Scoopt, the world's first 'citizen journalism' picture agency, officially launches on August 4th. Now anybody with a cameraphone can sell their pictures to the press on the same terms as a professional photographer. Scoopt bridges the divide between the public and picture desk.
Using MMS and mobile email technology, Scoopt members can submit photographs straight from the scene--any scene--in seconds. Scoopt then licenses these photos for publication to the mainstream media. Membership is free and without commitment.
Scoopt members retain copyright to their photographs, and receive 50% of each and every licensing and syndication deal. This is in direct contrast to signing over universal copyright in exchange for a one-off flat fee, which is what usually happens when a member of the public tries to sell directly to a picture desk.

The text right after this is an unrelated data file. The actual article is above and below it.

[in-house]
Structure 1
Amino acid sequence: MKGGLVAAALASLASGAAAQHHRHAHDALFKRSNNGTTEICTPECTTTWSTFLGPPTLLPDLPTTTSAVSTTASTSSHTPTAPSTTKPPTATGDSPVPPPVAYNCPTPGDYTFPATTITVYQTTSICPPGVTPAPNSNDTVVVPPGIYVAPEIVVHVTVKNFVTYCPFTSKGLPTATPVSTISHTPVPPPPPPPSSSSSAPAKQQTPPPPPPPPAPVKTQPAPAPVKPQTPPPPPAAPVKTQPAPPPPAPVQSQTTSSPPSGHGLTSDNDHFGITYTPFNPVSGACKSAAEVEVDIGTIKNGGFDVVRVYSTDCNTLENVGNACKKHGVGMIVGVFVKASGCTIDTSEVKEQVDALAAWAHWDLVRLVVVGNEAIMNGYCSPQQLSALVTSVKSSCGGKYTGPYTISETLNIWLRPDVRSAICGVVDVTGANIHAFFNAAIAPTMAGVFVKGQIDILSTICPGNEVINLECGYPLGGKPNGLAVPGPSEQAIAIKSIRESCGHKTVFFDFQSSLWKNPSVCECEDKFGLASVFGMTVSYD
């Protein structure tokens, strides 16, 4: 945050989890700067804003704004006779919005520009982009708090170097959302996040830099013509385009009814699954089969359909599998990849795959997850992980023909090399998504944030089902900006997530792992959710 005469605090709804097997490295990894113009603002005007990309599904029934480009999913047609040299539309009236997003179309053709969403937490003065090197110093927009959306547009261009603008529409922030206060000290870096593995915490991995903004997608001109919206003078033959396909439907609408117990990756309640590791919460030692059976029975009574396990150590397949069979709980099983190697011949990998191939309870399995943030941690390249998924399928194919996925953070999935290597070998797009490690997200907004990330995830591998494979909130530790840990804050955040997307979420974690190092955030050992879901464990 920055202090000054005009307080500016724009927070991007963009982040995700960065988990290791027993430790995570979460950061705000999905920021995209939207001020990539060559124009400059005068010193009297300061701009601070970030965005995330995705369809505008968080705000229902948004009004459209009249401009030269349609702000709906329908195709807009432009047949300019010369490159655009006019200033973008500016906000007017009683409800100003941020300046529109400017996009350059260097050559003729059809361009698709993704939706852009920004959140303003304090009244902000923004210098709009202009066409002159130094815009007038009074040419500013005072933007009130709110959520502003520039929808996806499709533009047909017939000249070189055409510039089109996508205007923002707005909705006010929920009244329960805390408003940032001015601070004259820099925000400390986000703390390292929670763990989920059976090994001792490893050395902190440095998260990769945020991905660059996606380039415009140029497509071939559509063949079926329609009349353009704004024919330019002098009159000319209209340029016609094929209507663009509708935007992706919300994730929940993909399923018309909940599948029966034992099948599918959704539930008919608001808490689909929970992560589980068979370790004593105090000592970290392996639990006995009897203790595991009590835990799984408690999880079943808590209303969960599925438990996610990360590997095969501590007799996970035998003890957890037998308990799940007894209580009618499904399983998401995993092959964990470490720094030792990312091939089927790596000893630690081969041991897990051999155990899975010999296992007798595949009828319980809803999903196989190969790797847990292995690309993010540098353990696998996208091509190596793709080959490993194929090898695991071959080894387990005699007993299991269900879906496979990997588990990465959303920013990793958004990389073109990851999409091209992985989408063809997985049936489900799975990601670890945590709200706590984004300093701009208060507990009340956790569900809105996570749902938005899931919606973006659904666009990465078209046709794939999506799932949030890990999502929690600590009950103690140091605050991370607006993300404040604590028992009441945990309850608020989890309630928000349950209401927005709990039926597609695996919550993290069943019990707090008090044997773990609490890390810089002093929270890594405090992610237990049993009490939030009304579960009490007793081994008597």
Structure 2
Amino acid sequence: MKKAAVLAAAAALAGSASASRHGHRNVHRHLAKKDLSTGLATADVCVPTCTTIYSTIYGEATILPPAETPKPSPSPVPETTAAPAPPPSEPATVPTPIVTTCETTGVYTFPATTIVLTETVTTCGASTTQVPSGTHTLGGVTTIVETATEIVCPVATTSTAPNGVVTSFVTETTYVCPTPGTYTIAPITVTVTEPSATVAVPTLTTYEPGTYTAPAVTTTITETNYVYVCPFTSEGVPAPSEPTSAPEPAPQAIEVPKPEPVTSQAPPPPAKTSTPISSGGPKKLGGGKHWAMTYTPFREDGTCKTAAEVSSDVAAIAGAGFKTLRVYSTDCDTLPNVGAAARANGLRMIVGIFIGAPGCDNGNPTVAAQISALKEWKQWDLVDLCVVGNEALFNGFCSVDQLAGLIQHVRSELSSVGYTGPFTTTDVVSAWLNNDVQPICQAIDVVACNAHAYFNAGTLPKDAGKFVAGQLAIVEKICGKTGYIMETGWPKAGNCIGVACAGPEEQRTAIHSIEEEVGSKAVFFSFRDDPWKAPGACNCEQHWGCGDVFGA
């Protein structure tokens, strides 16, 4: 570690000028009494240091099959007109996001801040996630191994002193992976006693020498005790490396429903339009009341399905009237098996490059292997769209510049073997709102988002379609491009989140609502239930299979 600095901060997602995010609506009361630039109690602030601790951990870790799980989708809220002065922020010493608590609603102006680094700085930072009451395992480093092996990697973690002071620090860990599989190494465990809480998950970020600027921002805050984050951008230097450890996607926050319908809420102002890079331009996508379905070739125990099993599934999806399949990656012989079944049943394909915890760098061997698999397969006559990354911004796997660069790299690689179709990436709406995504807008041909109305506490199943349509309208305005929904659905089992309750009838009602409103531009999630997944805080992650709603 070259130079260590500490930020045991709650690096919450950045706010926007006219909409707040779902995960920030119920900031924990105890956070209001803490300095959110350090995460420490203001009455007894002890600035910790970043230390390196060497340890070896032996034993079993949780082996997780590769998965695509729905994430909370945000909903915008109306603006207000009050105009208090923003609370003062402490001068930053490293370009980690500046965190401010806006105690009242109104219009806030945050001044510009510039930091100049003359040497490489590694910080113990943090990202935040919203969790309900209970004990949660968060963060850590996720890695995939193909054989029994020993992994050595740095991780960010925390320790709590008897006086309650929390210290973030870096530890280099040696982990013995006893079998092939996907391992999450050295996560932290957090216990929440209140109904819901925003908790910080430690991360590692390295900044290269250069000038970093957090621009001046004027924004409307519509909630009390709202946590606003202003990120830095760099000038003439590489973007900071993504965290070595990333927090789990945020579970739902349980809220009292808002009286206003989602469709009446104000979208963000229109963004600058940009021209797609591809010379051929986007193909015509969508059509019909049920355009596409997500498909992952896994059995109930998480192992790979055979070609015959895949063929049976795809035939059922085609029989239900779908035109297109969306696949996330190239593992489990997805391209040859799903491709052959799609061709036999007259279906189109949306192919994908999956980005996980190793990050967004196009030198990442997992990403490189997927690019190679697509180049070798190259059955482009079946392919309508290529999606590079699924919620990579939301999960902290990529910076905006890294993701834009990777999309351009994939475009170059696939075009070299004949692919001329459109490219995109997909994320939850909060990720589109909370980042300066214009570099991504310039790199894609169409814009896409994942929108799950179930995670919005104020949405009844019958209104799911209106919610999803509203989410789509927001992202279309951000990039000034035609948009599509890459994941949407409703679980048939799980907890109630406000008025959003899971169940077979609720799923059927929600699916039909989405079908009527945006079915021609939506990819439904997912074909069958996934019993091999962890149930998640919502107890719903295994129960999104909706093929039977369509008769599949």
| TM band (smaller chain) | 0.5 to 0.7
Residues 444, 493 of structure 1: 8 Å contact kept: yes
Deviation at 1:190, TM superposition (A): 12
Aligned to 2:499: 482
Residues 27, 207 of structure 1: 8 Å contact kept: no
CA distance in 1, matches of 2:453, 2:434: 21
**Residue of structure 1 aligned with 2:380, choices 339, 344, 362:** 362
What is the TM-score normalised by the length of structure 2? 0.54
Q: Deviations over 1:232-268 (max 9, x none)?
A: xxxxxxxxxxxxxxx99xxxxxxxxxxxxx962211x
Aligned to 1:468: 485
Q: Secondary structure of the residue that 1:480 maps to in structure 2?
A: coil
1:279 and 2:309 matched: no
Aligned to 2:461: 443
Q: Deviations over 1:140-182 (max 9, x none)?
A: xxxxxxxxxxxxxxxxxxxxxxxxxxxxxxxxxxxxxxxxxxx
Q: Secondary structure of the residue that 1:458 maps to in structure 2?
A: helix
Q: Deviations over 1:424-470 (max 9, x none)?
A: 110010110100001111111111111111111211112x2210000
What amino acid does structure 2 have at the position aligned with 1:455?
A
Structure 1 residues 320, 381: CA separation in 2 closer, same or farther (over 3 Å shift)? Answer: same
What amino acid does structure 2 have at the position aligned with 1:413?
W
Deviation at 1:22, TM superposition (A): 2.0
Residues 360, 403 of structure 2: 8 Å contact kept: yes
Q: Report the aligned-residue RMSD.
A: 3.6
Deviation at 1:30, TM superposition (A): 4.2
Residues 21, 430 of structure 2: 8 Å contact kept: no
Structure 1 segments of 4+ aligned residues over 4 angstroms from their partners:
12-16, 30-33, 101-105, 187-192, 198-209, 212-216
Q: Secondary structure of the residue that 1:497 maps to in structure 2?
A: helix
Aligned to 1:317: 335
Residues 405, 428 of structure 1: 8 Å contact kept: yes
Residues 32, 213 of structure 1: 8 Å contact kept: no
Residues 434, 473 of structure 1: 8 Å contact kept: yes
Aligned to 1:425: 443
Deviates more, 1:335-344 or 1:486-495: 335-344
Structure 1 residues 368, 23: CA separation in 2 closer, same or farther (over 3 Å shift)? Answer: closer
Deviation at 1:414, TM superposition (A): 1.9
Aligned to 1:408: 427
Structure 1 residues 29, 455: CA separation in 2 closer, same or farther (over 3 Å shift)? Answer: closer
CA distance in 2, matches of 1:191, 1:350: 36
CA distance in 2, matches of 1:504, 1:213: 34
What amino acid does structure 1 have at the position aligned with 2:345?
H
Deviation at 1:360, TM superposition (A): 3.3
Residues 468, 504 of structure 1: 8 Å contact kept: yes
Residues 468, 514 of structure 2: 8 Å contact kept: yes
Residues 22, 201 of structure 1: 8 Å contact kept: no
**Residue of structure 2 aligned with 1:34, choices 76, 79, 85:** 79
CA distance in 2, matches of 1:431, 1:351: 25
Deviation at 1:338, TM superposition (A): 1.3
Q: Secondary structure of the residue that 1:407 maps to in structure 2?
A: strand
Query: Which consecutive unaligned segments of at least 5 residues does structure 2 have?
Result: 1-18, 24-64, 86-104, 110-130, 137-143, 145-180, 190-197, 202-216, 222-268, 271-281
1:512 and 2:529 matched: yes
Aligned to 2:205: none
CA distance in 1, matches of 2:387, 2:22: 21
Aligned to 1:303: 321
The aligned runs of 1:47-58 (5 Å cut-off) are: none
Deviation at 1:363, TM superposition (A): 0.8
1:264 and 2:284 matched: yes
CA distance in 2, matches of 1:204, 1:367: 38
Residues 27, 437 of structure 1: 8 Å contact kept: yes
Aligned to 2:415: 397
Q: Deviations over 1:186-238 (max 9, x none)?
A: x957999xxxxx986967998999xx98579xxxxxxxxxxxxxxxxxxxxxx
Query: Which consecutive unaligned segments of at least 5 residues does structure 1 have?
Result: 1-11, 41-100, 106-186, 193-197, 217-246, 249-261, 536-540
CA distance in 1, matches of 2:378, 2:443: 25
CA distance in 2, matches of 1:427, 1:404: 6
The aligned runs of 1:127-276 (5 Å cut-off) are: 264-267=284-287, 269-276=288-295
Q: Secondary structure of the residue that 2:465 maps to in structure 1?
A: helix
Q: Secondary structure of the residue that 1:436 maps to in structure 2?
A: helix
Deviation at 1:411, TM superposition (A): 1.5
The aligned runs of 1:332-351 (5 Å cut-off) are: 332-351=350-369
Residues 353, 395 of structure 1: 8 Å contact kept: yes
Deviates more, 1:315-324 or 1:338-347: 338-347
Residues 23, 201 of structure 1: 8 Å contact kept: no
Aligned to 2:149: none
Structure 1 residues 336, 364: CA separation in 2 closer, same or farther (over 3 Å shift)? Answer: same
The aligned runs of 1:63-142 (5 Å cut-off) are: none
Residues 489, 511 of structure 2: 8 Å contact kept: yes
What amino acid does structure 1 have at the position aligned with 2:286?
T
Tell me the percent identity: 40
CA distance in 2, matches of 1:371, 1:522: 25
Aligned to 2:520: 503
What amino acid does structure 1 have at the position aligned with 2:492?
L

To protect media buyers, Scoopt applies vigorous measures to verify the authenticity of its material. Only members can submit material and Scoopt insists upon full and legally binding disclosure about each submission (the 'who/what/when/where/how'). Scoopt also has a strong internal editorial policy governing what it will and will not handle.
The Scoopt premise is simple. Virtually everybody now has a mobile phone, and virtually every mobile phone has a built-in camera. This means that somebody, somewhere, is in a position to photograph just about anything that happens on the planet.